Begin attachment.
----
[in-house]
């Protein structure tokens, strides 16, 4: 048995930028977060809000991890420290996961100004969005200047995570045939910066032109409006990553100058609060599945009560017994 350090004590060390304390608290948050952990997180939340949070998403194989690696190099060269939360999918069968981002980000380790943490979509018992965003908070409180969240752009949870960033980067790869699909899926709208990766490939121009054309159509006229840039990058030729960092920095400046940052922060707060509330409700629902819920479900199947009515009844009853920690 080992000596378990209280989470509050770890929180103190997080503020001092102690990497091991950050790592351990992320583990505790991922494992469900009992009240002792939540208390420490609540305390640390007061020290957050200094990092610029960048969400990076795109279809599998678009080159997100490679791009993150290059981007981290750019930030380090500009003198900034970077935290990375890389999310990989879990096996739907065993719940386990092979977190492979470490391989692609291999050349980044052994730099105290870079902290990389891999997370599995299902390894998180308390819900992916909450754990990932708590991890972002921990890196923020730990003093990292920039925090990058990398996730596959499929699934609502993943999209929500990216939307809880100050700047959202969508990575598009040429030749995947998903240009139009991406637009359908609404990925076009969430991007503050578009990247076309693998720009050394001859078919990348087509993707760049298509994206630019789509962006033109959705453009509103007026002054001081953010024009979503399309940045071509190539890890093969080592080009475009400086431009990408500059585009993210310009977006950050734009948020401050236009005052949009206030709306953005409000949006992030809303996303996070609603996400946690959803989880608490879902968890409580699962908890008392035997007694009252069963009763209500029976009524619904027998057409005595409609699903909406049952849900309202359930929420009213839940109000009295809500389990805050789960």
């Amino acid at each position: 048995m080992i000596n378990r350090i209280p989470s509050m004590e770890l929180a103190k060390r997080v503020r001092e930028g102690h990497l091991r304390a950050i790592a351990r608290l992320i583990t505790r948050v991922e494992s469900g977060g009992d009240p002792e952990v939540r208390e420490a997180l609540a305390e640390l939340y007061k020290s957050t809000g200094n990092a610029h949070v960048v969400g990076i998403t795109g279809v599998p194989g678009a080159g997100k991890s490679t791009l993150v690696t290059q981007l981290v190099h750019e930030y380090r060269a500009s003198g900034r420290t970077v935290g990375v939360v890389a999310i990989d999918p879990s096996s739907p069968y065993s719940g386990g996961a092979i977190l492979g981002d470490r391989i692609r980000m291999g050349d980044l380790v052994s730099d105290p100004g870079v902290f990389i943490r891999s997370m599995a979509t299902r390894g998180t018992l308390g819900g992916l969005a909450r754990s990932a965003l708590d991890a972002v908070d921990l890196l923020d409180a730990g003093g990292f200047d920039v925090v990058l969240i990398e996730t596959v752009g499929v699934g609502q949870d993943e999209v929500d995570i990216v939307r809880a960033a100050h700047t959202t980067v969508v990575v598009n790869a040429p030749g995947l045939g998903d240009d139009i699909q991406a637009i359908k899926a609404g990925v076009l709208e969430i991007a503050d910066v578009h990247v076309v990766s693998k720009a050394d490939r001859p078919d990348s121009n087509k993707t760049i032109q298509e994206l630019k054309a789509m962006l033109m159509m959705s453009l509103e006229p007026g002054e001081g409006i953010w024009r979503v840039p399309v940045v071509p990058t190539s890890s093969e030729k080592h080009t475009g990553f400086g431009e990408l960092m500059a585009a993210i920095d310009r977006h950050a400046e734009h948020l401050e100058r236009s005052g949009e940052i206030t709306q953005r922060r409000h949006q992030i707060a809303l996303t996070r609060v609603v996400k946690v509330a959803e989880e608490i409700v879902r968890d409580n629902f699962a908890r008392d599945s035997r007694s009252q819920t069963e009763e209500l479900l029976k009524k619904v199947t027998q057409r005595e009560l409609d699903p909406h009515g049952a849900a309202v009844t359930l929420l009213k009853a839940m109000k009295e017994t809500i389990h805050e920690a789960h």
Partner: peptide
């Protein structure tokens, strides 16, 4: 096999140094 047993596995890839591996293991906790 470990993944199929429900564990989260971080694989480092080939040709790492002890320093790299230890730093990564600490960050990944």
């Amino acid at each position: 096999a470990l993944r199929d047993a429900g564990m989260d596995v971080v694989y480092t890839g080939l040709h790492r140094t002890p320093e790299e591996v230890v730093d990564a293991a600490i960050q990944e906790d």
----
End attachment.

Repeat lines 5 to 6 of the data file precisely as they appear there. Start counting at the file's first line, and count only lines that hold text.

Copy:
């Protein structure tokens, strides 16, 4: 096999140094 047993596995890839591996293991906790 470990993944199929429900564990989260971080694989480092080939040709790492002890320093790299230890730093990564600490960050990944």
């Amino acid at each position: 096999a470990l993944r199929d047993a429900g564990m989260d596995v971080v694989y480092t890839g080939l040709h790492r140094t002890p320093e790299e591996v230890v730093d990564a293991a600490i960050q990944e906790d």